- Modelling requires understanding. Involve the client. For example, care is required in projecting some expenditures. One difficult condition involves currency exchange rates if a meaningful share of expenditures is in non-Canadian currency.
- The client can test the impact of an adverse medical event.
- The client can test the cost/benefit of insuring life, long-term care and critical illness.
- The client can quantify the financial effect of disposing of “use” assets.
- The client’s stress level reduces in respect to safety/security. They can see the relationship between financial assets, near-financial assets, yield, taxes and cost of living, and they can test under variable conditions.
- They can see what assets are redundant
This method makes the estate a living thing. A dynamic estate allows people to use better judgement in managing investments. They can test and eventually build a web of assumptions around time, yield, tax, inflation and change within which they are comfortable.
The epiphany occurs when the client realizes that he holds title to all his money but, in reality, he cannot reasonably use some or even most of it. He is “a steward.”
The discussion becomes two part.
- How much of the estate is required to provide for living expenses up to and including the result from some outrageously conservative variables?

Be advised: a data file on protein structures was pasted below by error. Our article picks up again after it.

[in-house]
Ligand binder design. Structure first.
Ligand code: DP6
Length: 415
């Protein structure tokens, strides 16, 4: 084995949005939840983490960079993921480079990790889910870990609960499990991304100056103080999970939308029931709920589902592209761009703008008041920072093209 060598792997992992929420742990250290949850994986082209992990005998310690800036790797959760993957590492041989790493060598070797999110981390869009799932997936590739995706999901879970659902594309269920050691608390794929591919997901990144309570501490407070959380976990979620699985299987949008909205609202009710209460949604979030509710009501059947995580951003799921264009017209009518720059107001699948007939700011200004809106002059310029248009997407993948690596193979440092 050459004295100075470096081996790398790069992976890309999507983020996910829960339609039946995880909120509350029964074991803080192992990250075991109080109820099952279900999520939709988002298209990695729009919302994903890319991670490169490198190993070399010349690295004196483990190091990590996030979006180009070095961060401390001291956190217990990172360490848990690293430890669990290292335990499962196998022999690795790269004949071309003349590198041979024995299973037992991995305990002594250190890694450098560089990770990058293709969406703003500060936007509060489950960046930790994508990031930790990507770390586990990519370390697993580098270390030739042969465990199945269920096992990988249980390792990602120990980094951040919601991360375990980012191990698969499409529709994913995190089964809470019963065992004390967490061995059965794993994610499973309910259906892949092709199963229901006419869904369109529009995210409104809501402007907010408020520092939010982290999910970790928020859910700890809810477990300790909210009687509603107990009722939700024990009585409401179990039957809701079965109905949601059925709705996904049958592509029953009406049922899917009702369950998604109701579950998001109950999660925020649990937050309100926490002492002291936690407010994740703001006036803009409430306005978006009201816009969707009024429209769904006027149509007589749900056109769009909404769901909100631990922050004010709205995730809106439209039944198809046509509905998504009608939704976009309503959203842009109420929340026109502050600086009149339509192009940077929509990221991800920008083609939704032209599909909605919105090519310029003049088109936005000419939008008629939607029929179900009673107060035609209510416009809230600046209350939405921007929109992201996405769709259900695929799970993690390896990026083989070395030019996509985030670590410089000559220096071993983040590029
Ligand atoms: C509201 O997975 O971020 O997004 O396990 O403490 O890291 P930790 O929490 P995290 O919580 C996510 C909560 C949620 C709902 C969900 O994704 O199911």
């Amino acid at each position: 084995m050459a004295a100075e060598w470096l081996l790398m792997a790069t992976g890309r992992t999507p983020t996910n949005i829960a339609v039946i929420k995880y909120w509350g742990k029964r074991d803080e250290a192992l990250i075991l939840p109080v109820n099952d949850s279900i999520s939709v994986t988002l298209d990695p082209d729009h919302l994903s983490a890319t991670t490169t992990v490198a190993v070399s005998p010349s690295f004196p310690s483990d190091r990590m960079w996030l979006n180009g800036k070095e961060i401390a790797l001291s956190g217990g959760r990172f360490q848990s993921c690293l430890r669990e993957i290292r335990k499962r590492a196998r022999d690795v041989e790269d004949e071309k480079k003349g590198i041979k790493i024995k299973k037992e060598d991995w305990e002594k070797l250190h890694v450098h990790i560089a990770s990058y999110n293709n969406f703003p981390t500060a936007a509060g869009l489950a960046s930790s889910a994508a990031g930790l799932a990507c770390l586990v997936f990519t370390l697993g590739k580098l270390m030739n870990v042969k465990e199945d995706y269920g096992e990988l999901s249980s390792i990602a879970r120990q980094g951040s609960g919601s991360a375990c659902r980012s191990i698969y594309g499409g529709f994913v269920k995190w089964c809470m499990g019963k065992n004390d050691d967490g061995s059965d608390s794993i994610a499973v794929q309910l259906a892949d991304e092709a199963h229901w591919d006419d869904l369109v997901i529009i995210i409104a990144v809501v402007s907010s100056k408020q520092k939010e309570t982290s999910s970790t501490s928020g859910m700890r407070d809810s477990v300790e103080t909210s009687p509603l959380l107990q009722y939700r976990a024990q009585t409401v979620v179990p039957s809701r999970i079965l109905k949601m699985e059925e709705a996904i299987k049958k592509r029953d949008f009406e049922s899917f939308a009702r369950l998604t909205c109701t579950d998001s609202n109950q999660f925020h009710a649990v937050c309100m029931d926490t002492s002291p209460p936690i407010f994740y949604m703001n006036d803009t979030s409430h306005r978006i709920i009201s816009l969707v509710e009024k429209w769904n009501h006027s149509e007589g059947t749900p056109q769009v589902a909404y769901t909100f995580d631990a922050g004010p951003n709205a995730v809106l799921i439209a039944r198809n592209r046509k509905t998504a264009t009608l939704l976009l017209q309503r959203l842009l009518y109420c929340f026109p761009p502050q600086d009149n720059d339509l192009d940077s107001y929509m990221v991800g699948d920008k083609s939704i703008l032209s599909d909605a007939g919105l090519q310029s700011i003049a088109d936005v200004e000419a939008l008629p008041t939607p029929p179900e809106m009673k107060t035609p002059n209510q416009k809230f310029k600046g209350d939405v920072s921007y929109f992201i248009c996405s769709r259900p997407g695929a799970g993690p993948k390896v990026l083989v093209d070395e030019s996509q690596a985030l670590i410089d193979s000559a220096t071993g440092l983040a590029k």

- How much can the client do without and never notice its absence?
One client found a set of variables that busted his estate prior to age 100. The assumptions included taxes at one third more than now, inflation at 10% and investment yield at 5%, fully exposed to taxation. By using more realistic variables, principally that investment yields would be at least as much as inflation, an apparent asset surplus arose. It ranged from around $500,000 to more than $2,000,000 depending on the level of inflation. High inflation has a tax penalty.
The talking points became:
- Most people who inherit money are over 50 and often over 60.
- By the time children inherit, they don’t need the money. About the only thing they notice is that their tax bill goes up. By doing nothing, sterile assets become a chronic family problem.
- In the early years, children give up a great deal of potential to pay non-deductible interest and to pay off debts. Capital for business startups is difficult to come by.
- Money injected into their care early can provide years of advancement and many options. A few hundred thousand dollars at 30 is worth far more than a million dollars at 65. Some people see it as insurance against divorce.
- Would it not be prudent to use assets as effectively as possible on a family wide basis?